The third Game Boy title, Radical Rescue is also an absolute treasure, featuring a seriously amazing Metroidvania game. It also offers a fresh way to make it more modern by adding icons for key areas of the map in the game which makes progress much easier. Of all the games within The Collection, it is likely to be the one that will surprise the majority of gamers.
Some might argue – perhaps in a way that is unrealistic that the collection should have been expanded to include Konami’s second generation of TMNT games from the PS2 period, but the transfer of these (comparatively) complicated titles to modern consoles is an effort that would be best served by an individual remaster collection in the event that there is a demand for such a collection.
In the end, it is those that will most appeal to are the ones who were kids in the late 80s and into the early 1990s in the era of The Teenage Mutant Ninja Turtles (not Hero Turtles There aren’t PAL versions available here) and the fancy nostalgic 13 kicks.
A few of the advertisements in the gallery have removed game artwork This appears suspicious, but could be due to licensing concerns. This original advertisement, for instance, featured a Tiny Toon Adventures game
Fans who do not have a connection to the IP might not get as much enjoyment from it. While the bonus galleries of images are certainly a boon for fans who have been around the block but they don’t help provide a context for those playing these games for the first time, and could seek out an overview of the history.
Although the sheer quantity of images available is impressive and the design files are an absolute delight, however, it sometimes feels like looking through a person’s scrapbook, not the museum. It is a fascinating experience although we’d prefer more written content to accompany the background of certain things we’re seeing.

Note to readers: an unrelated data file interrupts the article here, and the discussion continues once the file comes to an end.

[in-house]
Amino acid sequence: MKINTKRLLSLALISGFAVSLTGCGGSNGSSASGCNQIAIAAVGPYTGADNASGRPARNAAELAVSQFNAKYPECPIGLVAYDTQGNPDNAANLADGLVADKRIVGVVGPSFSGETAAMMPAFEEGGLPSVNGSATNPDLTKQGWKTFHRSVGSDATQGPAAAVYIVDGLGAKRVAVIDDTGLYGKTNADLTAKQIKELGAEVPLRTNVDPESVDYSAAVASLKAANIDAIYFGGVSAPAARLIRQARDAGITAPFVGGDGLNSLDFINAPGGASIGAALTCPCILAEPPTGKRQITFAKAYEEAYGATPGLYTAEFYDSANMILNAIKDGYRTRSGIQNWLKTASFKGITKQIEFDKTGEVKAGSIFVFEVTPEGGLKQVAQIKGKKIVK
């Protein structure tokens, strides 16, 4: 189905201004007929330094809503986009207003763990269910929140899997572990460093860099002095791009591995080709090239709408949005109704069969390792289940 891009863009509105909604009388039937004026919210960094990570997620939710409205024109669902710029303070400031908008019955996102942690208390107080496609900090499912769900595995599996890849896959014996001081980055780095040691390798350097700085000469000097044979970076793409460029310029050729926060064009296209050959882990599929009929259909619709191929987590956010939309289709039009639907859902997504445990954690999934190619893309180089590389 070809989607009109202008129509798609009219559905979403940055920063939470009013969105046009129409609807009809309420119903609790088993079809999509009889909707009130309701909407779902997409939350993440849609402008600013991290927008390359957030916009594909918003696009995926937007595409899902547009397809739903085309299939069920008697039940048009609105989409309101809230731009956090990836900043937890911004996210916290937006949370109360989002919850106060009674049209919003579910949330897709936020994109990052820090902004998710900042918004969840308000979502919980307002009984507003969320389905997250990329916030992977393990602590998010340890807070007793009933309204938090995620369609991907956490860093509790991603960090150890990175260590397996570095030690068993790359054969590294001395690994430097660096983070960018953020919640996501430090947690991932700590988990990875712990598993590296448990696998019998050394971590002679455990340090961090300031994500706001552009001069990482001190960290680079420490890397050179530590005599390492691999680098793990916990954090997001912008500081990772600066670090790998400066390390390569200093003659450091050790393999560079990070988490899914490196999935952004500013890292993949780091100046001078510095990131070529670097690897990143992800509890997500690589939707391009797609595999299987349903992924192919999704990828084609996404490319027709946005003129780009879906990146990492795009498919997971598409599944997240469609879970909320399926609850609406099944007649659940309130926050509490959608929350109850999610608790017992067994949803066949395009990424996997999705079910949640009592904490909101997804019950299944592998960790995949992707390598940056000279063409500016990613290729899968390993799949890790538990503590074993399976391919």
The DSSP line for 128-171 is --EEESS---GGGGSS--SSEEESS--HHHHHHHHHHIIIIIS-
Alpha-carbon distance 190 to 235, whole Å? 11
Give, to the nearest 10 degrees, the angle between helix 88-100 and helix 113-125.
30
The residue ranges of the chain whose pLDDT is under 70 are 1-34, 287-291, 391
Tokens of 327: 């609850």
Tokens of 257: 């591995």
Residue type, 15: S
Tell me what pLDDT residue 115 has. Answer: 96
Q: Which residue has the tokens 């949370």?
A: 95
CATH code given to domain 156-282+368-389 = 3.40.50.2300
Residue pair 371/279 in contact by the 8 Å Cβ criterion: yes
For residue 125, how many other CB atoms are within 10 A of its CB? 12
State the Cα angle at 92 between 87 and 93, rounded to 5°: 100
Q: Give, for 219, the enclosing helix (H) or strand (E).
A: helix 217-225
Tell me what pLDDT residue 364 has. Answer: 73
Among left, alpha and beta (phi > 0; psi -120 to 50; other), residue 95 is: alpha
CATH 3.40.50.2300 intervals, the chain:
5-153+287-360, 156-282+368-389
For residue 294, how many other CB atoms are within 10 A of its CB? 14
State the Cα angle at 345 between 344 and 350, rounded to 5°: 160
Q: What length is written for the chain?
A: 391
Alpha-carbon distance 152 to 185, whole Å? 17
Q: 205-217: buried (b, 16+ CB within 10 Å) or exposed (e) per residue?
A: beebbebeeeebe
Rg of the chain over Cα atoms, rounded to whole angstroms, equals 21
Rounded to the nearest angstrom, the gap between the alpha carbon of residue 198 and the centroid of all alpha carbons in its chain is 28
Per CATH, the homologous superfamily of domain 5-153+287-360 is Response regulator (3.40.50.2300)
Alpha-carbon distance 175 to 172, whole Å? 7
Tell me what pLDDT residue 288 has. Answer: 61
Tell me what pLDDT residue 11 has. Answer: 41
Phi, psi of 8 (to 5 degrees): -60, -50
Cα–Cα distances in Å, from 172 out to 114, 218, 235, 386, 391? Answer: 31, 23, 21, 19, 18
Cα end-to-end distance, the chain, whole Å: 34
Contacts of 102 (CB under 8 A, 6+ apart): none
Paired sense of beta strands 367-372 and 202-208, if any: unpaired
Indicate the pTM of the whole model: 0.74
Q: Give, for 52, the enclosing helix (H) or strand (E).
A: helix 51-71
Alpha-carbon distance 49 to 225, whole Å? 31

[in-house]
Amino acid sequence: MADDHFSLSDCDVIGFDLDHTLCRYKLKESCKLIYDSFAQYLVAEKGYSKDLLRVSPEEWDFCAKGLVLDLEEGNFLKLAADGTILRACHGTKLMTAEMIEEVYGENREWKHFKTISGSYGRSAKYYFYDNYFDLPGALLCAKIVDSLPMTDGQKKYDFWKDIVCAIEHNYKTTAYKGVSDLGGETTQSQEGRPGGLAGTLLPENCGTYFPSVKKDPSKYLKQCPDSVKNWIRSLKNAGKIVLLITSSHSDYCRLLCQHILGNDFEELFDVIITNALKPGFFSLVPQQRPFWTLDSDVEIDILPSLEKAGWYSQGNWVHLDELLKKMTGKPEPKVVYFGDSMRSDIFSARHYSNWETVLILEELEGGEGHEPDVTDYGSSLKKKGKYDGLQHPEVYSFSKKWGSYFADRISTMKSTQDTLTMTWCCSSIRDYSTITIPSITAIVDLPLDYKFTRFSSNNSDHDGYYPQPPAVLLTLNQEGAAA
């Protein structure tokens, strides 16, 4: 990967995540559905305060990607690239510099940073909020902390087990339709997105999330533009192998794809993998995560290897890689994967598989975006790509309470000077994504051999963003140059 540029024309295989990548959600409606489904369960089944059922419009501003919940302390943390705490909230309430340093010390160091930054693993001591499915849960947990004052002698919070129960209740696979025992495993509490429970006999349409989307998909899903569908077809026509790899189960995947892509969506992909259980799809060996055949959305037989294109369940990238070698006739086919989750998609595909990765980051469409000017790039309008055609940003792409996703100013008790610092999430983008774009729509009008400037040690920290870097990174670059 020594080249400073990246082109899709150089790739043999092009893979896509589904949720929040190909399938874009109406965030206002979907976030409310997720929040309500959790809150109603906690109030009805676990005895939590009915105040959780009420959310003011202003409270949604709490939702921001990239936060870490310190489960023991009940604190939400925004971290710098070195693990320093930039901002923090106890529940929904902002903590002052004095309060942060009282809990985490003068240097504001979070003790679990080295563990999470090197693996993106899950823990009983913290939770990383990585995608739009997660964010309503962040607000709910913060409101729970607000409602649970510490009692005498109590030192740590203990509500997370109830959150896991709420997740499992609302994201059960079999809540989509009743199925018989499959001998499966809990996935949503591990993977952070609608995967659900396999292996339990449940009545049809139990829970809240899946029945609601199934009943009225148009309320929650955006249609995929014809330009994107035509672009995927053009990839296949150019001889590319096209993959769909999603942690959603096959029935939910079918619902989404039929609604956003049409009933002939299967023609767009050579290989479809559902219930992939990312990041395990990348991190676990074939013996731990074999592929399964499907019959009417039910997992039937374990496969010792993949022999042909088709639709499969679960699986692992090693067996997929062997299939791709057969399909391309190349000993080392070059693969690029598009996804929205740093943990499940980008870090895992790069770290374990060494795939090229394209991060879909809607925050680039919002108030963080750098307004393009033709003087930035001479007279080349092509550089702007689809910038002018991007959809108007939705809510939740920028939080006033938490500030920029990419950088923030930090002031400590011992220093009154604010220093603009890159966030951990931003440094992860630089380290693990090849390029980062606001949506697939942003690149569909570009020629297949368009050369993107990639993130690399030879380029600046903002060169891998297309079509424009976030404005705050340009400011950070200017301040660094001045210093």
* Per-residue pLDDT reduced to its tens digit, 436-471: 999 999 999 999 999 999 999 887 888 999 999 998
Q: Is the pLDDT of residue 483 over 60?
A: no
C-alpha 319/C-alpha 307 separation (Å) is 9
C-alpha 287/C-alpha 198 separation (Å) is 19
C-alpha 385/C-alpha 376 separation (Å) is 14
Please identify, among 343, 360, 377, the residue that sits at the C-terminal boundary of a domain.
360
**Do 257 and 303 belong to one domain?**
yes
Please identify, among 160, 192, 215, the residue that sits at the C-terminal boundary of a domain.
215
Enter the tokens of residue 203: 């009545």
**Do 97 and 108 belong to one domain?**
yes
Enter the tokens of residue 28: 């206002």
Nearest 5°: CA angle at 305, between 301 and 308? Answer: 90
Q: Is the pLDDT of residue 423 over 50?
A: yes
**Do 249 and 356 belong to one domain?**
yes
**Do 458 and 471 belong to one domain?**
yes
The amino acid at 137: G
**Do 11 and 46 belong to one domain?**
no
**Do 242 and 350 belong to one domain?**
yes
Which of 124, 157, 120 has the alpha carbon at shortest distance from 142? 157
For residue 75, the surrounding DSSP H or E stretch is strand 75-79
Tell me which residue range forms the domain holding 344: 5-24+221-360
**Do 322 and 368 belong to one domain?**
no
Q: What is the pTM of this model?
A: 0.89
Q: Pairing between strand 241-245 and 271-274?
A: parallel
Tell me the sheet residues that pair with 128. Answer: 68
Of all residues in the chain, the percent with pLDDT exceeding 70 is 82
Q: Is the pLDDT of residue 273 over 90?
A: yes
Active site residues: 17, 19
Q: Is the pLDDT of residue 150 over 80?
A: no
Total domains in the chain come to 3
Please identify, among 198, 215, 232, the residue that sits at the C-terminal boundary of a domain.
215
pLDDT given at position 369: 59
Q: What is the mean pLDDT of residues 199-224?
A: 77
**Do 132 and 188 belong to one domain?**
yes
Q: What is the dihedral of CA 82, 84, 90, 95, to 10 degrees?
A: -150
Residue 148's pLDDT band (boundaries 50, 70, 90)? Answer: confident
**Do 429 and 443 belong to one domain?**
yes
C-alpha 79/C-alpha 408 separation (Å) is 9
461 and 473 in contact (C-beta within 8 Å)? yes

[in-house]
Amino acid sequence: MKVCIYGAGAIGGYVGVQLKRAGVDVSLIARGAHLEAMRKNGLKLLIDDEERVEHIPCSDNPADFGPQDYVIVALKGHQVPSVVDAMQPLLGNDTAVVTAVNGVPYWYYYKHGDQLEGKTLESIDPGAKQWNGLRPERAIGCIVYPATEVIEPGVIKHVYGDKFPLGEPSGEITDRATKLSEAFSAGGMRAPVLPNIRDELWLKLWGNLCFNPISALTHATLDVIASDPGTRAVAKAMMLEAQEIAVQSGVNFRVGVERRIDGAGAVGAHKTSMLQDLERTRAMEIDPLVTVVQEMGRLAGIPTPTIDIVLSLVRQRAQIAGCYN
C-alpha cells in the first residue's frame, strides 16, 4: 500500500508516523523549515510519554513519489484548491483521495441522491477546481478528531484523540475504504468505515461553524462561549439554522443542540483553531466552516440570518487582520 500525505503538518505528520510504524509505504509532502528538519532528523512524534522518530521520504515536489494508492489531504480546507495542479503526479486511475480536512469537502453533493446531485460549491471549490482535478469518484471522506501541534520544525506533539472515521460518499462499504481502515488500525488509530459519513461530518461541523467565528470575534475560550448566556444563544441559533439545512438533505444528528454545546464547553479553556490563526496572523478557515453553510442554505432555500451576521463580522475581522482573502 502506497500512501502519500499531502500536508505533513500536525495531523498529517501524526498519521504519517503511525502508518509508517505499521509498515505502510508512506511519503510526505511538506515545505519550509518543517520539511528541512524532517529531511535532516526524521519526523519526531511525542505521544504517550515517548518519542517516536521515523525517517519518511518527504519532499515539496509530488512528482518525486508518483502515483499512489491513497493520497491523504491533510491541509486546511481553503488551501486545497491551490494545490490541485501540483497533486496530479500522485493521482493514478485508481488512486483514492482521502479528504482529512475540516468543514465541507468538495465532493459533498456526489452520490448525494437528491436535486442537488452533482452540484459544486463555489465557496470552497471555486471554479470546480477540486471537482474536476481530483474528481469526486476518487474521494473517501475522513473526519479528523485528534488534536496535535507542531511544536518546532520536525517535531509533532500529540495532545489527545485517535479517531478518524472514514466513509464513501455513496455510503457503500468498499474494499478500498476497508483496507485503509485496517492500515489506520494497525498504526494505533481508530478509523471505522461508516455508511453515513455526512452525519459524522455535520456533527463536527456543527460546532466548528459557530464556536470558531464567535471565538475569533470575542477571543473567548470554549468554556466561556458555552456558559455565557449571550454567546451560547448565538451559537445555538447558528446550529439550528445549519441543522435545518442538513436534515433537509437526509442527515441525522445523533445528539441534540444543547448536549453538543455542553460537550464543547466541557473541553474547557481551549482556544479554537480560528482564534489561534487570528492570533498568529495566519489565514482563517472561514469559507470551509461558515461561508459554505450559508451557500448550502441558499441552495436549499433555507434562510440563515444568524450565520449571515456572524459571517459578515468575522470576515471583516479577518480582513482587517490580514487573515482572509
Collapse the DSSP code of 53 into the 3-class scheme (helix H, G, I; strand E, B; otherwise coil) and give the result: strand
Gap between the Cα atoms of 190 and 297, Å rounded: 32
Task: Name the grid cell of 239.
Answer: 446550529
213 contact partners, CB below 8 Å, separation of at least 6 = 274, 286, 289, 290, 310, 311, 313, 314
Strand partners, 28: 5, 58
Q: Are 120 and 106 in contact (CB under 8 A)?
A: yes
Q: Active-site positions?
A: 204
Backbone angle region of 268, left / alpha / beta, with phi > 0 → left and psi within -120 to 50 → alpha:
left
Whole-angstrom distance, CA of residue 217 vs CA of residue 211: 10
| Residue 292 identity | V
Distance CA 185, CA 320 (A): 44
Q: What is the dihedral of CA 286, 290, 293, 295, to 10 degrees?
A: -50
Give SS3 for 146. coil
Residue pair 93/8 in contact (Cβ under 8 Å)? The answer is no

The only exception can be found in the magazine advertisements that include captions that provide commentary on each advertisement as well as the context it was displayed. They’re precisely what we’re looking for These are amazing and we would love to have seen more of them, especially in the section on behind-the-scenes that includes the design documents.
However, in terms retro compilations are concerned, the Cowabunga Collection is still on the upper end of the spectrum in terms of how the games themselves are handled and those who are aware of exactly what they can expect from these games available will be delighted to revisit these games, especially when they invite a group of buddies to come over (and have pizza for dinner Naturally) to play arcade games as well as Turtles in Time in co-op.
Another excellent retro compilation from Digital Eclipse that celebrates the golden age of TMNT games with the amount of respect they merit. The newcomers might find that a few of the games don’t age as well even though there are plenty of pictures, it’s not as rich in information as we’d like to have.
- Turtles in Time is still an absolute classic as is Radical Rescue is a hidden treasure
- The definitive guide contains every Konami handheld and console game of the time
- The gallery contains more than 3,400 photos, which include the translation of design documents
- A couple of games have aged poorly.
- Gallery could have benefitted from additional narrative or even video content.